Saturday, November 30, 2013

Excuses, Excuses...

In Taking Back The Good Book, Woodrow Kroll shares with his readers a top ten list of excuses people give for NOT reading the Bible. Do you agree that these are all-too-familiar excuses? Are there any excuses you'd add to the list?

Reason 10: I Don't Know Where To Start
Reason 9: I Can't Find What I Want In the Bible
Reason 8: The Bible Doesn't Confirm What I Believe
Reason 7: I Hear the Bible at Church, So Why Do I Need To Read It for Myself?
Reason 6: The Language of the Bible Doesn't Make Sense to Me
Reason 5: The Bible is Such a Big Book, I Could Never Read It All
Reason 4: The Bible Isn't Relevant to My Life
Reason 3: The Bible is Boring and Wasn't Written to Me Anyway
Reason 2: Reading the Bible isn't a Priority in My Life
Reason 1: I Don't Have Time to Read the Bible

Woodrow Kroll has responses to all ten excuses. Here is his response to the number one reason:
The most common excuse for not reading the Bible is our busy lives. We don't seem to have time to do the things we need to do. There's work and school, running to the store, soccer practice, dinner--life is just a bit harried. Who has time to sit and read?

You do. Here's why: time is a set quantity. It's not elastic. We all have sixty seconds in every minute, sixty minutes in every hour, twenty-four hours in every day. Time may fly, but it doesn't change. You have 1,440 golden minutes in every day and so do I.

The issue is never about time; it's always about what we choose to do get done in the time we have. Is reading God's Word, meditating and benefiting from it, something you wish to take the time to do or not? If not, the convenient but pathetic excuse is to say, "I don't have time."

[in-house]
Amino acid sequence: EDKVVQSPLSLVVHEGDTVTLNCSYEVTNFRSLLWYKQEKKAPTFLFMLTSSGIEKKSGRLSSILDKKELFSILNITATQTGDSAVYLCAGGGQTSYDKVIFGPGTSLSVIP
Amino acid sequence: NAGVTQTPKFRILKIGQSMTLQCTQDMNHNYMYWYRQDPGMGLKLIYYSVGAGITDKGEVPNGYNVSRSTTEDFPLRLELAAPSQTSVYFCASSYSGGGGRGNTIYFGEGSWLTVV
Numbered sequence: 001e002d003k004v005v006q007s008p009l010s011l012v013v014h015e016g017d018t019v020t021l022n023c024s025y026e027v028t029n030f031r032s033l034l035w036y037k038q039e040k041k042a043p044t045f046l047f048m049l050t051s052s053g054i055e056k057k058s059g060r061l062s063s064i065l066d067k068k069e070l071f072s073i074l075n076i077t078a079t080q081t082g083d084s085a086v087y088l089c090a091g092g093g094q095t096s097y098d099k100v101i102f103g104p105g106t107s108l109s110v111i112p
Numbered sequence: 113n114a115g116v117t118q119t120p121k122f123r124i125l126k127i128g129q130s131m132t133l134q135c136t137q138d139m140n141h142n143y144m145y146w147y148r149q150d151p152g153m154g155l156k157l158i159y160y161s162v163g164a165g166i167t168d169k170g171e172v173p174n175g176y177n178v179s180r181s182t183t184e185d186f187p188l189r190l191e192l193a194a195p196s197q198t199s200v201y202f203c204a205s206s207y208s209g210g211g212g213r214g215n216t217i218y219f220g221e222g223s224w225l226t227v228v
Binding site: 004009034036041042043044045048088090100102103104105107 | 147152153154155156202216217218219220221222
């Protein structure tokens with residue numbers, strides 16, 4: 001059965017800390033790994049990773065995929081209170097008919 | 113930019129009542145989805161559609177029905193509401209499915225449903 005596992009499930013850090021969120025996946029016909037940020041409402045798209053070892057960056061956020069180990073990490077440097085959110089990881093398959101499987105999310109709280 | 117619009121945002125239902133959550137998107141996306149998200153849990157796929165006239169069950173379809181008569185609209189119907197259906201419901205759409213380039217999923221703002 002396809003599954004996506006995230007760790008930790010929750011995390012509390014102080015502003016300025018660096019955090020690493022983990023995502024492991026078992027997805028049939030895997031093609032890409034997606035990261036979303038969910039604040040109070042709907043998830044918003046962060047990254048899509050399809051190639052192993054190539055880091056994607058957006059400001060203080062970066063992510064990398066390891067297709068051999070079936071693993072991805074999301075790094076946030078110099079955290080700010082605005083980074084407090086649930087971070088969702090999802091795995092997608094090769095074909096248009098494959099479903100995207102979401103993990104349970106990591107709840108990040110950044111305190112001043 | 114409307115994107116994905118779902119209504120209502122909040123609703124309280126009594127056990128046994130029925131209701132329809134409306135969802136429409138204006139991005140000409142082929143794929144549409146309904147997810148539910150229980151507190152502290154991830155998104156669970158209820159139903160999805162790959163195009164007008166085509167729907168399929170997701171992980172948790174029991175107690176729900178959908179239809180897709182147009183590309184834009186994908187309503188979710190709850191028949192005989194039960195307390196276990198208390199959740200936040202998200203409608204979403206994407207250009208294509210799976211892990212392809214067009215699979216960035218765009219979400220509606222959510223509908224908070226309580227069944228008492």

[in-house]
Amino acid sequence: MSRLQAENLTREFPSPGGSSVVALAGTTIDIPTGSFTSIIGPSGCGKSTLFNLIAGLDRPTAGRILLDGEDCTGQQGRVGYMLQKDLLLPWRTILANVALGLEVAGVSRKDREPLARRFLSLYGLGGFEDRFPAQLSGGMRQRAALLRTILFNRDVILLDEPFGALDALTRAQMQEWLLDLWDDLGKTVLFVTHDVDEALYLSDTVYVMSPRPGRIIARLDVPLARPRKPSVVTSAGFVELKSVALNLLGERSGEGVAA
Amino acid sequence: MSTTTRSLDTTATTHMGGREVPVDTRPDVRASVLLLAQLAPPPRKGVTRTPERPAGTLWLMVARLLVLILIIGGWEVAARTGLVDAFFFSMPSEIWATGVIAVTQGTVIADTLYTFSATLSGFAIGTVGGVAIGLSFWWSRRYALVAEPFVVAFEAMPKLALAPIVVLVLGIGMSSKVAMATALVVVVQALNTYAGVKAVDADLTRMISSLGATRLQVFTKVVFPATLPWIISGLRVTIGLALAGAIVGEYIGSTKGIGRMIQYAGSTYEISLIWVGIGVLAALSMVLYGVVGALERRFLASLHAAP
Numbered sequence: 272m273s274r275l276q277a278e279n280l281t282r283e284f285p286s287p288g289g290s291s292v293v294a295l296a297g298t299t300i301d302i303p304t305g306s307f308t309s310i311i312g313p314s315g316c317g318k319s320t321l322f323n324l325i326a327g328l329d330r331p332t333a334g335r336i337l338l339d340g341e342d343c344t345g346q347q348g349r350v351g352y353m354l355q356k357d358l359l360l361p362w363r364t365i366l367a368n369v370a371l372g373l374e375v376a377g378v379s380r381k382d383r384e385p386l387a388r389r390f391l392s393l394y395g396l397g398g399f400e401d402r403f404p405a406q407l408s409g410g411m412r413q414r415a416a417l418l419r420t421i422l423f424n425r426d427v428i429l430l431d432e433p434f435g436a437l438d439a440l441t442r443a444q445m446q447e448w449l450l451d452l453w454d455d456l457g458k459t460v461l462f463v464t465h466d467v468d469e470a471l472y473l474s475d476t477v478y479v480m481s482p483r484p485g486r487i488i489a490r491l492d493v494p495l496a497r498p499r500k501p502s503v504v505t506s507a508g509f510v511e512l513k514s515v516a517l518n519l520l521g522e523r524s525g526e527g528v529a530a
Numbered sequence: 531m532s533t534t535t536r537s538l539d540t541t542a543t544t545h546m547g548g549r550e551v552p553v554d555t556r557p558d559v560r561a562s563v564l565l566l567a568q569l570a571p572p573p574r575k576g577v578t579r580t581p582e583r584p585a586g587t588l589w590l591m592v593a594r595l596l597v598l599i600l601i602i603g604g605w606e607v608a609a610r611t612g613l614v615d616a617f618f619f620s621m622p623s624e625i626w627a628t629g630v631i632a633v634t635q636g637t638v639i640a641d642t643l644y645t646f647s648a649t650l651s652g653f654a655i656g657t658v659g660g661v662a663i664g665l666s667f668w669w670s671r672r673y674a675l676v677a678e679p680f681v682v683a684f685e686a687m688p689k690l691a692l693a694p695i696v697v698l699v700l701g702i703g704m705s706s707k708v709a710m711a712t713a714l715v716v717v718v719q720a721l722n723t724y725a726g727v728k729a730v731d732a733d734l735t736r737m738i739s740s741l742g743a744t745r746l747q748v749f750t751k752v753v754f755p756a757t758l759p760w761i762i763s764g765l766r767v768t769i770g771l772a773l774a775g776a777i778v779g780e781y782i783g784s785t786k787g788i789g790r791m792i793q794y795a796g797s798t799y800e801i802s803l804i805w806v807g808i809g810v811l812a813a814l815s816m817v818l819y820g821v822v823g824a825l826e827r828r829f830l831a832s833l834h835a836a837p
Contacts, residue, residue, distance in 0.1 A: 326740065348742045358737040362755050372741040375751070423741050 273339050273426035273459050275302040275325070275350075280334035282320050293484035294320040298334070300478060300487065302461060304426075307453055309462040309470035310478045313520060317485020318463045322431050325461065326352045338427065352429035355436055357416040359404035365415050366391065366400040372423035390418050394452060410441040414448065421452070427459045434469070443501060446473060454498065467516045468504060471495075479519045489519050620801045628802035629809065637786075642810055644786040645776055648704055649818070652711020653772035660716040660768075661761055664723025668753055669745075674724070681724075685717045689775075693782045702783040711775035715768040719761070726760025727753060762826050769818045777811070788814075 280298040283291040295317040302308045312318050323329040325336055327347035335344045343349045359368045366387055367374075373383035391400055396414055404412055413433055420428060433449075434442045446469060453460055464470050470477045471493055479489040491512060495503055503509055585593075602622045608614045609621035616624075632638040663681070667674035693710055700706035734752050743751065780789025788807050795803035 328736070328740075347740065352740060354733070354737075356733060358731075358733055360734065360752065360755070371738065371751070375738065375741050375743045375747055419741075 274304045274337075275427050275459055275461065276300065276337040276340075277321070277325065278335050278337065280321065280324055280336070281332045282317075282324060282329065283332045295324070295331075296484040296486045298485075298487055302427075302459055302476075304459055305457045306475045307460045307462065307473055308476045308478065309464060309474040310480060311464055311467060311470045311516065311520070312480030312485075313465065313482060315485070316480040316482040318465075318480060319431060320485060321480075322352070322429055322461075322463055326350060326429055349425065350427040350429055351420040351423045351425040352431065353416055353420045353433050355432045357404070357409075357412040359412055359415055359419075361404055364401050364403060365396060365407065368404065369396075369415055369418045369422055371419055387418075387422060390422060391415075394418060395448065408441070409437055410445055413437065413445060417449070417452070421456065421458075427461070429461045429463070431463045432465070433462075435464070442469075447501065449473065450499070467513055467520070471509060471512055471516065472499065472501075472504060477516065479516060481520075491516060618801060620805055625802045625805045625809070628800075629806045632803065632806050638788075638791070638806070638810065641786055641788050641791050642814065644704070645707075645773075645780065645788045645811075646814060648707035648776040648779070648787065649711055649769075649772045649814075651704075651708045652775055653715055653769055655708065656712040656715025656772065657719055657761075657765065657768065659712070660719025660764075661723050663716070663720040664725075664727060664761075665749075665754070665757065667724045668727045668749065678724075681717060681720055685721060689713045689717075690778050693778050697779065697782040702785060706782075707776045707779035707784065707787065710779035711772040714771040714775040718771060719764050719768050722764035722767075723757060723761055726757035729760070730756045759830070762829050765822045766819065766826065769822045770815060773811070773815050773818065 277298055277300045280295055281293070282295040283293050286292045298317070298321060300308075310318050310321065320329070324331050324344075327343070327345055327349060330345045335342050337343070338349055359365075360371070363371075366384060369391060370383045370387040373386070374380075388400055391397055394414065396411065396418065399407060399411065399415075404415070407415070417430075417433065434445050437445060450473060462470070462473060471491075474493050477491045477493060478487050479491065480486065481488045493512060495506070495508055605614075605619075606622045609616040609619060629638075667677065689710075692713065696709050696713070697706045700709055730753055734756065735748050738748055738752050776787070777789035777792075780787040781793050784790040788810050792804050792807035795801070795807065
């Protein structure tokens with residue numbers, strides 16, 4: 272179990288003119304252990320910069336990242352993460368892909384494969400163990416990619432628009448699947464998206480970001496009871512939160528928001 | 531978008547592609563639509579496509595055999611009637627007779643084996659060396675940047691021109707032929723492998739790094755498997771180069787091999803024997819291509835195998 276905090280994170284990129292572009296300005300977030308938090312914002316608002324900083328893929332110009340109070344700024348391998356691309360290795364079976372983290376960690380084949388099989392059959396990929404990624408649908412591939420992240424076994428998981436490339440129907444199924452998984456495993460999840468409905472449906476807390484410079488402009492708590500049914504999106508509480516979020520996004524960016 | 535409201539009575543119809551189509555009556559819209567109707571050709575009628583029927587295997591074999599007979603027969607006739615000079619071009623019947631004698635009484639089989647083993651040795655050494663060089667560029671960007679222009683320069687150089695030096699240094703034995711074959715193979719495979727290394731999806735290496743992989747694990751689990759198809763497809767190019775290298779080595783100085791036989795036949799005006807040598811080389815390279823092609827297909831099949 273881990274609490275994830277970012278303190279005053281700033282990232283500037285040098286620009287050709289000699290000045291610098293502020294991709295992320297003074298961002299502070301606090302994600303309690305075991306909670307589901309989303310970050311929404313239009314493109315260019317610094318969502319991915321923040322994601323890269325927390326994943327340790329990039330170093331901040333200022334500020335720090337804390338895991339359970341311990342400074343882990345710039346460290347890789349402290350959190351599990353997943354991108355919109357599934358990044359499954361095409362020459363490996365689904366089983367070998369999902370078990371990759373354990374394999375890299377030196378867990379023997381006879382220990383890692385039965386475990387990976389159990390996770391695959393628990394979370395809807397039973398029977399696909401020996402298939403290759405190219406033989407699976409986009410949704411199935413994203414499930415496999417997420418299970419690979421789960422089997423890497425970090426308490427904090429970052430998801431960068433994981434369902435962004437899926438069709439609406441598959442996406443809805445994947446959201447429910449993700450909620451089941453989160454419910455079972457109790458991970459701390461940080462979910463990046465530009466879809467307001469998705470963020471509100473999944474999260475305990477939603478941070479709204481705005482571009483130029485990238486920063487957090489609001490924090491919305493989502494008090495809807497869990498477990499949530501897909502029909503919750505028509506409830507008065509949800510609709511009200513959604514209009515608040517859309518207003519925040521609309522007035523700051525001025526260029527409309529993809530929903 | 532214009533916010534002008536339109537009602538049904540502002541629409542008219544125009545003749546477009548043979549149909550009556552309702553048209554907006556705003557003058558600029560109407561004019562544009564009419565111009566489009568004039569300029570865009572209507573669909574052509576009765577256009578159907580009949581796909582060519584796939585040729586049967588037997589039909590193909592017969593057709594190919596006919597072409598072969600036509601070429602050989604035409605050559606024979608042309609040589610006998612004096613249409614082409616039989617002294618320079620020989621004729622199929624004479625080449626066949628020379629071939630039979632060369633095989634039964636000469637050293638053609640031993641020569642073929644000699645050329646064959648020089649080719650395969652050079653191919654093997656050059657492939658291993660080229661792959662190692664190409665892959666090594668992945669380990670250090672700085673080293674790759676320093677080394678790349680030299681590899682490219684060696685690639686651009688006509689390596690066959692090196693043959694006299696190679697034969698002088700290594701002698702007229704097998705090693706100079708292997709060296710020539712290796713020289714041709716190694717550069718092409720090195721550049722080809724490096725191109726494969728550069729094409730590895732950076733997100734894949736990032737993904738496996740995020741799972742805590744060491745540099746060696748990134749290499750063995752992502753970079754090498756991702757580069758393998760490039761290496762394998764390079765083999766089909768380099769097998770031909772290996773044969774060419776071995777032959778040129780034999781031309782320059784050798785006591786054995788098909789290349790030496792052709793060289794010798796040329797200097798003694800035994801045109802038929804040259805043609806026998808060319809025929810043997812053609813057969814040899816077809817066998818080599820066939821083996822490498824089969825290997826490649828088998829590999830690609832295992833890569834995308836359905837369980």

A couple of years ago, I took a stopwatch with me everywhere I flew. I would read my Bible while in flight and time how long it took to read each book of the Bible. Once when I was returning from Frankfurt on a flight to Chicago, a flight attendant saw the stopwatch and asked, "Are you timing our service?" I chuckled and said, "No, I'm timing how long it takes me to read my Bible." Puzzled, she asked why someone would want to do that. I said, "Because everybody tells me they would read their Bible but they don't have time. I want to know how much time they don't have."
Did you know that you can read half the books of the Bible in less than thirty minutes each? You can read twenty-six of them in less than fifteen minutes. The whole Bible, cover to cover, can be read by an average reader in less than seventy-two hours.
Maybe it's time we rethink our reasons for not reading the Bible and just call them what they are--excuses. Take another look at these "Top Ten." How many of them have you used with God as an excuse for not reading his Word? If you can see through the excuses so quickly, imagine how easily he can see through them.
The Bible is read by people who choose to read it. Bible reading is neglected by people who choose to neglect it. It's just that simple. No excuses. Just honesty. (76-77)

© Becky Laney of Operation Actually Read Bible


Joyful Reader said...

my mother uses the excuse she can't retain what she is reading! Really! I tell her that God will call it to her mind when she needs it if only she would read it!

Becky said...

Repetition, repetition, repetition! I think the more you read, the more you're able to soak up, and the more you soak up, the more you'll retain! Another thing to consider, if the "problem" is retaining from day to day where you left off in a book, I think reading more: reading whole books at a time might be helpful. Especially, especially, especially the NT letters. It's not exactly realistic to sit down and read the whole gospel of Matthew, for example, but Ephesians, completely doable!